Admiral Landry: These are major challenges and part of how this challenge is being viewed is through the eyes of the major ports in the region. All the major ports are trying to sort through how to be able to meet the challenges and to remain competitive as shipping companies look at the best ports through which to operate.
The other major challenge is the deep offshore oil and gas enterprise. The companies are going to be drilling and working so much farther offshore and deeper; the offshore energy sector is a huge game changer field technology-wise and what they’re doing now it pales in comparison two years ago. They’re not only going 10,000 feet deep; they’re also drilling deeper than before.
Captain Arenstam: The next zone I will talk about is the coastal zone, which I call the traditional zone here on the coast. It includes all or part of six states and contains more than 8,000 miles of coastline and nearly 1,300 miles of the intercoastal waterway. The 8th District ports in this region receive approximately 26,000 deep-draft vessels annually, which equates roughly to 27 percent of US deep-draft arrivals and nearly 90,000 towing vessel transits per year. In New Orleans alone in 2008, there were 46,000 towing vessel transits.
The 8th District coastal region is divided into four sectors: To the west there is Sector Corpus Christi and Sector Houston Galveston. Together they have six small boat stations. Air station Corpus Christi operates as an integral part of Sector Corpus Christi while air station Houston operates under the Operational Control (OPCON) of D8.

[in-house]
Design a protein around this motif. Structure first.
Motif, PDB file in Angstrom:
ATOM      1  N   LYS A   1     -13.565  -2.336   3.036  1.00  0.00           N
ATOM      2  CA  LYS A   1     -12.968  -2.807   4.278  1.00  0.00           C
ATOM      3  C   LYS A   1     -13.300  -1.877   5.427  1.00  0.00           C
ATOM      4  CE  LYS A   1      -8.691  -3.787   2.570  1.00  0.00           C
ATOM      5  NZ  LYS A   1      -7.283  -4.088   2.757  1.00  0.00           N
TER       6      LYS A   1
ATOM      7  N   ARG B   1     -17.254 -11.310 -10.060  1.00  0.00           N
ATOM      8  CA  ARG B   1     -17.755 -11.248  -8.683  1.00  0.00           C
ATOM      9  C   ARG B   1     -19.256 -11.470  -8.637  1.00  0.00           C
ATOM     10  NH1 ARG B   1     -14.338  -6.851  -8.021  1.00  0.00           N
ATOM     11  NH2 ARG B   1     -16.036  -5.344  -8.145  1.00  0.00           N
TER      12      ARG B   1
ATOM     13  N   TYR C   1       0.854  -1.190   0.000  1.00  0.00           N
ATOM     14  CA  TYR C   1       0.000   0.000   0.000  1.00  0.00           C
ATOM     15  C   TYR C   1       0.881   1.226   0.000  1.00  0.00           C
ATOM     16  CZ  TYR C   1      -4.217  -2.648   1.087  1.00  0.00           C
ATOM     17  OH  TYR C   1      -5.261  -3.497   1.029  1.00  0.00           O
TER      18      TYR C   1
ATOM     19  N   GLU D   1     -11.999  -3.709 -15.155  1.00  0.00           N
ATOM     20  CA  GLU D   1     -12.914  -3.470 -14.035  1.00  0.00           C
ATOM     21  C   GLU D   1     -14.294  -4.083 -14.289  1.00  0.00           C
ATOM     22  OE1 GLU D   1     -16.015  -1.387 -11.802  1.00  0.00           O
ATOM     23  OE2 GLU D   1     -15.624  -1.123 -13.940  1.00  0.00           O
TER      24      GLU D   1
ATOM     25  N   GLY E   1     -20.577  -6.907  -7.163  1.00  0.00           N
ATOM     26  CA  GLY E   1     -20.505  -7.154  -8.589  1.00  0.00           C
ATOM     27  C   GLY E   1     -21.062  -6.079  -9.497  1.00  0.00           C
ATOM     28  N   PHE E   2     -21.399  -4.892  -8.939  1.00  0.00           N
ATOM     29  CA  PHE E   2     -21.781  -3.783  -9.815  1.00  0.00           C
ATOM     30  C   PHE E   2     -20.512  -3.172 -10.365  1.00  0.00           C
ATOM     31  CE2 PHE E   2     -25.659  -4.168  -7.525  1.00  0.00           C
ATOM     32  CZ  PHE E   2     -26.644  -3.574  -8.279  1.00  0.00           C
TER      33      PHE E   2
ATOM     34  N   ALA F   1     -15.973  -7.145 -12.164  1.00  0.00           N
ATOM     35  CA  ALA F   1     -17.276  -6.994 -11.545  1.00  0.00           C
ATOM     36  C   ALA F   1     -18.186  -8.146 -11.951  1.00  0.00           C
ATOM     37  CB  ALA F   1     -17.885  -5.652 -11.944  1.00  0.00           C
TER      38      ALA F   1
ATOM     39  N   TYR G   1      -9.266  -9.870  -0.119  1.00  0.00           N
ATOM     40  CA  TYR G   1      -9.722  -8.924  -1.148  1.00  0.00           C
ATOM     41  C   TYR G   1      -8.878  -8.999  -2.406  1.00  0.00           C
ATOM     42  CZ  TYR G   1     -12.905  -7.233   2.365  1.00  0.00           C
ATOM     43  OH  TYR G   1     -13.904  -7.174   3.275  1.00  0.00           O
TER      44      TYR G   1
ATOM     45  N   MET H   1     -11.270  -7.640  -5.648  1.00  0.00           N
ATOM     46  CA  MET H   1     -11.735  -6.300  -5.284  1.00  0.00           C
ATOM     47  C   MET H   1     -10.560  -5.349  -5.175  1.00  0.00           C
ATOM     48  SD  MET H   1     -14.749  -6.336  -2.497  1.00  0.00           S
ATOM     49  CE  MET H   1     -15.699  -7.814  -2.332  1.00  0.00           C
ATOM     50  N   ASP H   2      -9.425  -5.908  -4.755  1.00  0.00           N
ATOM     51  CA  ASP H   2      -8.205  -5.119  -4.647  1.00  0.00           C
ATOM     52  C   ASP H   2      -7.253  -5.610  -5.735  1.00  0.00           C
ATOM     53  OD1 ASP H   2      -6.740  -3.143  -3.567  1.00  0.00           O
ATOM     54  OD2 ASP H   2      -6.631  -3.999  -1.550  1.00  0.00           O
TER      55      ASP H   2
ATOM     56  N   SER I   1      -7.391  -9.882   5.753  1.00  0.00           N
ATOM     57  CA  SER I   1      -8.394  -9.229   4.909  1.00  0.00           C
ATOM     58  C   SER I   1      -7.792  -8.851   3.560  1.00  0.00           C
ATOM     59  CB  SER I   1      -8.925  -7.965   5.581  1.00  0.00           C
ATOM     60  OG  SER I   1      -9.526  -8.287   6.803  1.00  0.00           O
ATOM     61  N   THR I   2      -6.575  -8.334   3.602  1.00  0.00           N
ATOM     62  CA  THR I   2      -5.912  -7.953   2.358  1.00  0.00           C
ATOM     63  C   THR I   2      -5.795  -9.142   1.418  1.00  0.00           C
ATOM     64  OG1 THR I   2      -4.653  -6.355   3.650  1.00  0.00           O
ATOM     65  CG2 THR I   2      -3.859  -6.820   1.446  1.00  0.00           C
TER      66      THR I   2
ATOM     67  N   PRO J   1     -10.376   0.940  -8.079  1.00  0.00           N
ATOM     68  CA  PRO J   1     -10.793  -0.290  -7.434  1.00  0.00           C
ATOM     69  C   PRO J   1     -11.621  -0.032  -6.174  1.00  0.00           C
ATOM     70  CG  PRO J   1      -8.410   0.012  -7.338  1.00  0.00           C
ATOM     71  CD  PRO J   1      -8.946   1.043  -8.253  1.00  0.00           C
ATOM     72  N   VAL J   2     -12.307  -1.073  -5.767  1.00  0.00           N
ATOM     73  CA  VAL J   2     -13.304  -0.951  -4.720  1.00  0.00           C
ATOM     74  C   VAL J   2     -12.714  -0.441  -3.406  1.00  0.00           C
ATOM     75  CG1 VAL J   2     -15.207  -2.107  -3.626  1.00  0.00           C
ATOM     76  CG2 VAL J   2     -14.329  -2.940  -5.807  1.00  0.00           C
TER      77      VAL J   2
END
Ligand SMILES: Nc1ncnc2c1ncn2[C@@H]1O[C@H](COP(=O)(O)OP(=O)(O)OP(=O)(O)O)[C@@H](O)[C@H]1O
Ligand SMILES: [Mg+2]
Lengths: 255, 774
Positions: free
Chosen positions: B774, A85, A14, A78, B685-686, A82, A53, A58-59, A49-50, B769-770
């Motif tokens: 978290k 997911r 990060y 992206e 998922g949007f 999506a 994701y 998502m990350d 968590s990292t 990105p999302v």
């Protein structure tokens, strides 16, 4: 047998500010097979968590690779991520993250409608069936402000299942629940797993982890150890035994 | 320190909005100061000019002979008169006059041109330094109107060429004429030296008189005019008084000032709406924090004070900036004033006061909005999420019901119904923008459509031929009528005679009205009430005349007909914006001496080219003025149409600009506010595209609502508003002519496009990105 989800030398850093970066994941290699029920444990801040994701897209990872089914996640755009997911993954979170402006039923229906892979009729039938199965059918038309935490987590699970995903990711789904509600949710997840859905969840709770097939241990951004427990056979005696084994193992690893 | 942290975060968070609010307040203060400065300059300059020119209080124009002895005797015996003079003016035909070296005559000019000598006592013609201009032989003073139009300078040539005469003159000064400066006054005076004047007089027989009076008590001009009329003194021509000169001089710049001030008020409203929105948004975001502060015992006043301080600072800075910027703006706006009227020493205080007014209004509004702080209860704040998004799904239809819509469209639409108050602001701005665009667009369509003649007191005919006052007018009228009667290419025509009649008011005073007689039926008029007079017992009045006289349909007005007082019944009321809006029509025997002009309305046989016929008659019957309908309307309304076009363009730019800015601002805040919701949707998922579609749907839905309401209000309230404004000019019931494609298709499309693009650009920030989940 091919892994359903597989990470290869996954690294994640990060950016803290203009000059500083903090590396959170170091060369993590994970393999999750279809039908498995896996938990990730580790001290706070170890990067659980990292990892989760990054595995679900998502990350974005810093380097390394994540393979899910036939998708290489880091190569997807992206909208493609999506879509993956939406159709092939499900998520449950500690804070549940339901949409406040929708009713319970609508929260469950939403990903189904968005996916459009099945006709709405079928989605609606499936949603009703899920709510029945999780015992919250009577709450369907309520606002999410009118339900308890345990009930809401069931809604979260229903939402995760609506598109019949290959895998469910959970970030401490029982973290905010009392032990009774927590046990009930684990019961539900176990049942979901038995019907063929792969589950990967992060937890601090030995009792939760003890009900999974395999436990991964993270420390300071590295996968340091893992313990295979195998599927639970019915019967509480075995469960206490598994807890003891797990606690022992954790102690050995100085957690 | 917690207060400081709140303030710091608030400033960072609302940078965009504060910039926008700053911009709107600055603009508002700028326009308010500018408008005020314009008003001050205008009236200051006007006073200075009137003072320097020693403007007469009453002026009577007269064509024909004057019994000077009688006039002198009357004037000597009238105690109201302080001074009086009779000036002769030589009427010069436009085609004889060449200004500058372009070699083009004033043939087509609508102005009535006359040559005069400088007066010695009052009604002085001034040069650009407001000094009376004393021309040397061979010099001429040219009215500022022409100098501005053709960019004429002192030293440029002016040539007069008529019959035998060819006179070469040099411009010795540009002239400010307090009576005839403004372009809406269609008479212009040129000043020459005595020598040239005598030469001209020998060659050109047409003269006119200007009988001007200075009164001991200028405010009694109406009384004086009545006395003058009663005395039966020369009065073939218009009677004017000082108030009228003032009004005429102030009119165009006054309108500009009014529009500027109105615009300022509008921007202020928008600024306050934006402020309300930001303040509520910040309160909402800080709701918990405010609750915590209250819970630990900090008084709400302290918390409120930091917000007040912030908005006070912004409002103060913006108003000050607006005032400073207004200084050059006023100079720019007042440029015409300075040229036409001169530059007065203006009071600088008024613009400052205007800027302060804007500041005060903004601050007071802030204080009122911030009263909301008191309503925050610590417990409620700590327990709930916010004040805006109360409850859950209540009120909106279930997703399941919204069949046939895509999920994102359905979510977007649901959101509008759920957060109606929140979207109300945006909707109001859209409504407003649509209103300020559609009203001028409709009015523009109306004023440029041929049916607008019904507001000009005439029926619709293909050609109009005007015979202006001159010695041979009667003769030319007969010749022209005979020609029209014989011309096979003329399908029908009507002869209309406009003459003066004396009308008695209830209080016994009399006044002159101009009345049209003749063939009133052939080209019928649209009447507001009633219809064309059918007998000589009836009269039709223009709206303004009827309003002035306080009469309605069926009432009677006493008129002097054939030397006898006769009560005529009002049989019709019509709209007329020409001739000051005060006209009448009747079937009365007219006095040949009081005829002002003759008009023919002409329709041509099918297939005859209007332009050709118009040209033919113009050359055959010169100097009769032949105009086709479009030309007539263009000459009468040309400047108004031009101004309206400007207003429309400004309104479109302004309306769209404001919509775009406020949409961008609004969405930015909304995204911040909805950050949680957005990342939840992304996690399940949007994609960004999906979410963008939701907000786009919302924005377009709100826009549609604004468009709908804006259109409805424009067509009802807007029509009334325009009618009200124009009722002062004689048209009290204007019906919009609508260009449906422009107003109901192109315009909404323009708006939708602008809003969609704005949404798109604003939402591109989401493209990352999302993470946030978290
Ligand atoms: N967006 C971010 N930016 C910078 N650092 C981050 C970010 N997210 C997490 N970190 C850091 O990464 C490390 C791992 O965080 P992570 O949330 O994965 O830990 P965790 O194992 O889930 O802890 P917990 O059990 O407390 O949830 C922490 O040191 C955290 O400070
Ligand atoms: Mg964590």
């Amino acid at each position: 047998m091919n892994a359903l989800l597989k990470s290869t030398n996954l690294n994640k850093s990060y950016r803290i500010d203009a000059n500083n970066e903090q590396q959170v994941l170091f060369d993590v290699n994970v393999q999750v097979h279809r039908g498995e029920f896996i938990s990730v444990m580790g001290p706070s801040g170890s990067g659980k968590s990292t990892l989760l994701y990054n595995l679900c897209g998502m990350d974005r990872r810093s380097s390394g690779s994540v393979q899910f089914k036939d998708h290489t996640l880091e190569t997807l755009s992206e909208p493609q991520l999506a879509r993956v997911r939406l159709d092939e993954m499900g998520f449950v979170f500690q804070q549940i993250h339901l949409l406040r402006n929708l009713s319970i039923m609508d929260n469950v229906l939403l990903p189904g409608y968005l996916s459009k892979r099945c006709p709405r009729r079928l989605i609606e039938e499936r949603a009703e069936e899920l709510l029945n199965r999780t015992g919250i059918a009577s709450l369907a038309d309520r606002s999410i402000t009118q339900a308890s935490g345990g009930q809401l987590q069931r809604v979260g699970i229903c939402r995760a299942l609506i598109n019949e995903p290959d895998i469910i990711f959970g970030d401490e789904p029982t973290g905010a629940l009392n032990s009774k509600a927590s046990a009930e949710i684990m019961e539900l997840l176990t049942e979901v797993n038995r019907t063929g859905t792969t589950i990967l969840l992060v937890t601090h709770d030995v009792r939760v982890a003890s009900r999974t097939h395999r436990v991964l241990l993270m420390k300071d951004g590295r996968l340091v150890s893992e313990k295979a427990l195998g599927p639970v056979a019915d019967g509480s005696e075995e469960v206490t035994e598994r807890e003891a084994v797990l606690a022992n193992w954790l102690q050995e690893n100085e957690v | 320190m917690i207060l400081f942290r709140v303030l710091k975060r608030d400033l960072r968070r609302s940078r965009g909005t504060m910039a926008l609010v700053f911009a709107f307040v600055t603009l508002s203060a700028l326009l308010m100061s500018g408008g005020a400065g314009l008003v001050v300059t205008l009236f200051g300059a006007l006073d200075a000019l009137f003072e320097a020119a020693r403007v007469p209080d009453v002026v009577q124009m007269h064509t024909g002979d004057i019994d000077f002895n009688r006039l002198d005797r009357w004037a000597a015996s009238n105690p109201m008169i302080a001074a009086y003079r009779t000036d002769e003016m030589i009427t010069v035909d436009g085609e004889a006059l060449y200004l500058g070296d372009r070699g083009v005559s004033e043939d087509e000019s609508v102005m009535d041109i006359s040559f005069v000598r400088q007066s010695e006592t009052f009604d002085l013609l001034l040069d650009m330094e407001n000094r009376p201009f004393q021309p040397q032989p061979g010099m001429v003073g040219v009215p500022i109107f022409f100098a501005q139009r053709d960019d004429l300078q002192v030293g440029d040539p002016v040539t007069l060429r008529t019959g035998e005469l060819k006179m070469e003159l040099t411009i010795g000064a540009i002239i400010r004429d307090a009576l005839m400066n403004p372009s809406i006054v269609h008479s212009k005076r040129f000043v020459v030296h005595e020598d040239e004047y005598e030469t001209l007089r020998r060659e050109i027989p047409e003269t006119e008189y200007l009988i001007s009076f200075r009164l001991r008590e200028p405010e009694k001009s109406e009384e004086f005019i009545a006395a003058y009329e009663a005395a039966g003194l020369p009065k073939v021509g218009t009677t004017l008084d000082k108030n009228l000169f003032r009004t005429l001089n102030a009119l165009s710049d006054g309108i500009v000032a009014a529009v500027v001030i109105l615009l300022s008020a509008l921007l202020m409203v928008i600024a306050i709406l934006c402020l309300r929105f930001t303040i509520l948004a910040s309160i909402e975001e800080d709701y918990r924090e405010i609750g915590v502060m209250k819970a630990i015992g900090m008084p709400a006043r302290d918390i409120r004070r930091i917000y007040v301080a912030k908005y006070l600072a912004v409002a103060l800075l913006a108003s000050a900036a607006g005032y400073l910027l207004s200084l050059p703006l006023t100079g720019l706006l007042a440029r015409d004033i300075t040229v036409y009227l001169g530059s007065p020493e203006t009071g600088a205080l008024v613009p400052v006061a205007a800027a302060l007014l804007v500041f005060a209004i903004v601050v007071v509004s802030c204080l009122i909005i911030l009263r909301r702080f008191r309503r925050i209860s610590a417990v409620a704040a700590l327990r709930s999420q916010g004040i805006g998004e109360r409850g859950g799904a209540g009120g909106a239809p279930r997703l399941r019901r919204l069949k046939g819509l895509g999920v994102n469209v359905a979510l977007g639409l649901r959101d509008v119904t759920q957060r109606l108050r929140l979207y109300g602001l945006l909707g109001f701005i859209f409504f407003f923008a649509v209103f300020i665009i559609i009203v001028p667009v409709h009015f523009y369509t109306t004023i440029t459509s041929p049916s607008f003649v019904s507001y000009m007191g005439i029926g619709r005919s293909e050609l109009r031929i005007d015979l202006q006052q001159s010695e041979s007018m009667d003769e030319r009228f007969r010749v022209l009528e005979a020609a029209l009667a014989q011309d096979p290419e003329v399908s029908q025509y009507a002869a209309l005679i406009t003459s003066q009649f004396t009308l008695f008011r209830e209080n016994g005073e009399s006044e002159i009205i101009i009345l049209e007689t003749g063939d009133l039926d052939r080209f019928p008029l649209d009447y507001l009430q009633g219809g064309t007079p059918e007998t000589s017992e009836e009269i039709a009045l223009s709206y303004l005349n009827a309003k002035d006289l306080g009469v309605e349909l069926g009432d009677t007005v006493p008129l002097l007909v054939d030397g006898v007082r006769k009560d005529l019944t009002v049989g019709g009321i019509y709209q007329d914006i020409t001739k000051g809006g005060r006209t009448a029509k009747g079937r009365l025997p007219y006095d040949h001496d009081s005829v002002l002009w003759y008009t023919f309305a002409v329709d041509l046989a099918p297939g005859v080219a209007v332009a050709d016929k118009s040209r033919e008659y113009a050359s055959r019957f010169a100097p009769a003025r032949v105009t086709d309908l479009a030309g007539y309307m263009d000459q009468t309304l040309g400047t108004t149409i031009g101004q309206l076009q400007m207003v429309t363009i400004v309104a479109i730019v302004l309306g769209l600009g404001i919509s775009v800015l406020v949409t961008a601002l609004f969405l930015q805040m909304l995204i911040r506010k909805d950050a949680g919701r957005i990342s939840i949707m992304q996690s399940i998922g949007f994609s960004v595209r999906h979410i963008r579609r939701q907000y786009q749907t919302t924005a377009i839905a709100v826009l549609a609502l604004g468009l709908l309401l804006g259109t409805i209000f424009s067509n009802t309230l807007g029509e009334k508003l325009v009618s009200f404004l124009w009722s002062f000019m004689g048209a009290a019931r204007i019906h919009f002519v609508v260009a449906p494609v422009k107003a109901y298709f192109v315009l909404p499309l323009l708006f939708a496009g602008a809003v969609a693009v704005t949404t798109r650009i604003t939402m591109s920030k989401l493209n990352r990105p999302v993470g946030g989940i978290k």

To the east, there is Sector New Orleans and Sector Mobile. Together they have nine small boat stations. Air Station New Orleans operates under the OPCON of D8. Aviation Training Center (ATC) Mobile, which is a Coast Guard Headquarters unit but provides direct aviation support to D8. Collectively among the four coastal sectors, there are 17 patrol boats, 9 aids-to-navigation cutters and 13 ANTS (aids to navigation teams).
Finally, the unique feature of the 8th District is the offshore sector. It captures the intercontinental shelf, oil and natural gas industry. Within this region there is 6,500 oil and gas wells; 4,000 oil or gas production platforms and over 800 of which have full-time crew support.
There are 116 Mobile offshore drilling units 51 of which are stacked, some which are crude and some are not. There are 30,000 workers offshore on any given day. This infrastructure accounts for 30 percent of our domestically produced oil and 23 percent of our domestically produced natural gas.
Admiral Landry: This is the only district in the country where there is offshore zone, the district commander services, the federal maritime security coordinator post 9/11, the FMSC role that you see in sectors, federal maritime security coordinator under the MTSA 2002, this is the only one that the offshore sector is handled from the district. We are concerned with the security of the LOOP.
SLD: What is the LOOP?